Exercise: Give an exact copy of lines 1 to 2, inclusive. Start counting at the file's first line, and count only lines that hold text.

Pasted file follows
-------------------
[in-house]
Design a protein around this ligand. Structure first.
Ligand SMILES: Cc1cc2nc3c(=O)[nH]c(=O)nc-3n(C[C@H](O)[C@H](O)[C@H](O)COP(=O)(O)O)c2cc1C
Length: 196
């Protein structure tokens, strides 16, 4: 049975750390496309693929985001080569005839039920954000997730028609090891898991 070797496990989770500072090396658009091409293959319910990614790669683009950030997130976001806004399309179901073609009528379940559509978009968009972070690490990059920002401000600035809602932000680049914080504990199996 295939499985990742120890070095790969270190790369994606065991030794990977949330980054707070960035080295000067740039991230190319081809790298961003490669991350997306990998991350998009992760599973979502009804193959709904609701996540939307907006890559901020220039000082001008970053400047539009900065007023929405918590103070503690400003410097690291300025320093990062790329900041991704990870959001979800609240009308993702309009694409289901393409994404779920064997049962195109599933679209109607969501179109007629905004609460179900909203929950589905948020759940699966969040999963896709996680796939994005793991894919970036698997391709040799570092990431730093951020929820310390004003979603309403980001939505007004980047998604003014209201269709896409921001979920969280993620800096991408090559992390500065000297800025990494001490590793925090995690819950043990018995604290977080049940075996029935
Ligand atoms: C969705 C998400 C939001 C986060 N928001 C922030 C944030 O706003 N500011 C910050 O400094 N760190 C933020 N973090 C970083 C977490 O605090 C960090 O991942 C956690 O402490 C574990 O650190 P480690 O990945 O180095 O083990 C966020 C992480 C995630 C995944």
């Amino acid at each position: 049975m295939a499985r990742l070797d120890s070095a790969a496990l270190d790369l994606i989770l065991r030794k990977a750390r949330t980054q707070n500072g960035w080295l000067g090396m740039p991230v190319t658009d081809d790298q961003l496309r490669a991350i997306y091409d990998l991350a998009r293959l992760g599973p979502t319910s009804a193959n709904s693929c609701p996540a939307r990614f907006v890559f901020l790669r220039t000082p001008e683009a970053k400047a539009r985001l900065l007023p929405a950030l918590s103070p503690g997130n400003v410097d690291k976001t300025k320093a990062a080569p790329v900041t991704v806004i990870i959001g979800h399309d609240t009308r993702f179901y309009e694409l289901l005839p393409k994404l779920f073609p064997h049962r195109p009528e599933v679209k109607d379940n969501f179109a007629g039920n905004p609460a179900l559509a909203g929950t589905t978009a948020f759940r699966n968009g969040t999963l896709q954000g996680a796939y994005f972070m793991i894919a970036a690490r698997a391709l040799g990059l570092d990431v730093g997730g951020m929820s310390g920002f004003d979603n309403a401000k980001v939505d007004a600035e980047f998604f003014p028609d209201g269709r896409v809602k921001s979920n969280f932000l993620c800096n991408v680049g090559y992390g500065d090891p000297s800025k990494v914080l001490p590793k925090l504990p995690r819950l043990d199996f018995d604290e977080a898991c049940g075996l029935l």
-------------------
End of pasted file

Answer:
[in-house]
Design a protein around this ligand. Structure first.